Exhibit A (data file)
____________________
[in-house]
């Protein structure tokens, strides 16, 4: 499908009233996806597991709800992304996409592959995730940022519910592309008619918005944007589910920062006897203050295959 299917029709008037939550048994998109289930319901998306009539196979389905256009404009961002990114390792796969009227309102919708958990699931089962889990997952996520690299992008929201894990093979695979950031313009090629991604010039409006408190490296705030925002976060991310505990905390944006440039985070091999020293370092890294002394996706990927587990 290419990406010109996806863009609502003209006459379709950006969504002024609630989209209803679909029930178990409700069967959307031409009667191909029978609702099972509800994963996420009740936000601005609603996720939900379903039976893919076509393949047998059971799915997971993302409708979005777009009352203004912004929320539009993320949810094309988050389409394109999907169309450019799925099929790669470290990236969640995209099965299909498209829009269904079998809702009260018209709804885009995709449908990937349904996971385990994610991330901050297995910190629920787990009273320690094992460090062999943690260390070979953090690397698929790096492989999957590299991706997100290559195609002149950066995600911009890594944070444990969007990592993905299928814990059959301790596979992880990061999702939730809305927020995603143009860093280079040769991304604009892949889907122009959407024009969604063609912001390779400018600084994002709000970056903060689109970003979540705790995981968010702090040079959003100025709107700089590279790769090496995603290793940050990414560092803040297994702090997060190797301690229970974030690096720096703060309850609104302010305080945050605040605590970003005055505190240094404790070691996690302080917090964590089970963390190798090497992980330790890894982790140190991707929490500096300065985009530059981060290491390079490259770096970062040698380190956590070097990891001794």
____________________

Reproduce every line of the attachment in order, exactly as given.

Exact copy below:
[in-house]
């Protein structure tokens, strides 16, 4: 499908009233996806597991709800992304996409592959995730940022519910592309008619918005944007589910920062006897203050295959 299917029709008037939550048994998109289930319901998306009539196979389905256009404009961002990114390792796969009227309102919708958990699931089962889990997952996520690299992008929201894990093979695979950031313009090629991604010039409006408190490296705030925002976060991310505990905390944006440039985070091999020293370092890294002394996706990927587990 290419990406010109996806863009609502003209006459379709950006969504002024609630989209209803679909029930178990409700069967959307031409009667191909029978609702099972509800994963996420009740936000601005609603996720939900379903039976893919076509393949047998059971799915997971993302409708979005777009009352203004912004929320539009993320949810094309988050389409394109999907169309450019799925099929790669470290990236969640995209099965299909498209829009269904079998809702009260018209709804885009995709449908990937349904996971385990994610991330901050297995910190629920787990009273320690094992460090062999943690260390070979953090690397698929790096492989999957590299991706997100290559195609002149950066995600911009890594944070444990969007990592993905299928814990059959301790596979992880990061999702939730809305927020995603143009860093280079040769991304604009892949889907122009959407024009969604063609912001390779400018600084994002709000970056903060689109970003979540705790995981968010702090040079959003100025709107700089590279790769090496995603290793940050990414560092803040297994702090997060190797301690229970974030690096720096703060309850609104302010305080945050605040605590970003005055505190240094404790070691996690302080917090964590089970963390190798090497992980330790890894982790140190991707929490500096300065985009530059981060290491390079490259770096970062040698380190956590070097990891001794």